US Navy handout photo shows an F/A-18E Super Hornet as it prepares to fly off the flight deck of the aircraft carrier USS George H. W. Bush to conduct flight operations over Iraq and Syria, in the Mediterranean Sea, June 6, 2017. (Via AFP)
A US-led coalition bombing positions in Syria has reportedly hit an ancient wall in the city of Raqqah
to enable a US-backed grouping of ground forces to make their way into the Daesh stronghold’s Old City.
Raqqah is the Takfiri Daesh terrorist group’s last urban stronghold in Syria. And the so-called Syrian Democratic Forces (SDF), a coalition of Kurdish and Arab fighters receiving US support, have been closing in on the city to take on Daesh. They first broke into Raqqah on June 6 and have been trying to advance toward the city’s center.
The US-led coalition claimed it had fired “on two small sections of the historic Rafiqah Wall,” Reuters reported.
“The portions targeted were 25-meter sections and will help preserve the remainder of the overall 2,500-meter wall,” the coalition further said in a statement.
Daesh seized Raqqah in 2014, the same year it started a campaign of terror in Syria. The group then named the city its so-called headquarters in Syria. The terrorist group has since suffered major blows by the Syrian military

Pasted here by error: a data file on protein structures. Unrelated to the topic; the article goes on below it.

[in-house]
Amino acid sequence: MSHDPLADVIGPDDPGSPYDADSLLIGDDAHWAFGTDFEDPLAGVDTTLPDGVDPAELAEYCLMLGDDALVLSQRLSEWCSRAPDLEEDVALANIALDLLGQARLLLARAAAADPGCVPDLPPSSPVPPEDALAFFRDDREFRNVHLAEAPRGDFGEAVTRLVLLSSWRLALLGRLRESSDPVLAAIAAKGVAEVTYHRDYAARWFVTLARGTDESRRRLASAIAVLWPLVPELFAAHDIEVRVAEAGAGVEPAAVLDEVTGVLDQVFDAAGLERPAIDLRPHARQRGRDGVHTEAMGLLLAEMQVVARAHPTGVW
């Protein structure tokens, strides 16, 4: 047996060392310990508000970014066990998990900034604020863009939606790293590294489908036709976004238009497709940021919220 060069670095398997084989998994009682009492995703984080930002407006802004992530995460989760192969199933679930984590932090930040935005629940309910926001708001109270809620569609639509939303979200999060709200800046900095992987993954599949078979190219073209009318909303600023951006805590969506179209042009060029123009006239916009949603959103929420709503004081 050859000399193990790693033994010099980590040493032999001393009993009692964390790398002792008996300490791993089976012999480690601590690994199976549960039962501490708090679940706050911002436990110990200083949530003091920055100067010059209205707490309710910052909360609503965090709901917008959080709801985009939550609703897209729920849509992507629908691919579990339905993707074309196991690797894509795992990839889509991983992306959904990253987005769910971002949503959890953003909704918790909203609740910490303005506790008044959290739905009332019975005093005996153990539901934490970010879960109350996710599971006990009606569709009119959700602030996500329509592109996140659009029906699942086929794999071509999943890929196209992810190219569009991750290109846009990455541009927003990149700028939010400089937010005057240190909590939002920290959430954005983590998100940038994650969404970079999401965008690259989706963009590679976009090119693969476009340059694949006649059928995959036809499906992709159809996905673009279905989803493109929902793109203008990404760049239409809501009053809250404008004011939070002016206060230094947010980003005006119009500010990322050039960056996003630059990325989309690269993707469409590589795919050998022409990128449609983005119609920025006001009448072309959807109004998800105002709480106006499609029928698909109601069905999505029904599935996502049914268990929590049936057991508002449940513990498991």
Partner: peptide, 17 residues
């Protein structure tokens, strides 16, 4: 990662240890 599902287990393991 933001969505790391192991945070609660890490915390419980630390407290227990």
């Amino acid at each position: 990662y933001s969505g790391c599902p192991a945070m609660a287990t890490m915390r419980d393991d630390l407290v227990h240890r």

and may now be about to lose Raqqah as well.
The US-led coalition started hitting what it says are Daesh positions in Syria in September 2014. It has obtained no permission from the government in Damascus or the United Nations (UN) for the aerial bombings.
The Syrian military and allied fighters are also fighting Daesh across the country, including near Raqqah.
Meanwhile, Turkey, too, has deployed military forces to Syria to contain what it sees as the rise of Kurdish forces, who have for long been engaged in a conflict of their own with Ankara.
Members of the so-called Syrian Democratic Forces (SDF) walk in a neighborhood in the northern Syrian city of Raqqah, June 14, 2017. (Photo by AFP)
The Turkish military presence has also forgone the Syrian government’s approval, and the unsanctioned presence of so many foreign forces on Syrian soil risks sparking clashes between the Syrian military and those forces, particularly near Raqqah, where many various forces are concentrated.
Tensions have already been generated.
On June 18, the US-led coalition downed a Syrian fighter plane engaged in operations against Daesh in Raqqah. Also last month, the US-led coalition hit a drone operated by pro-Syrian fighters near the coalition’s al-Tanf garrison, close to the Jordanian border.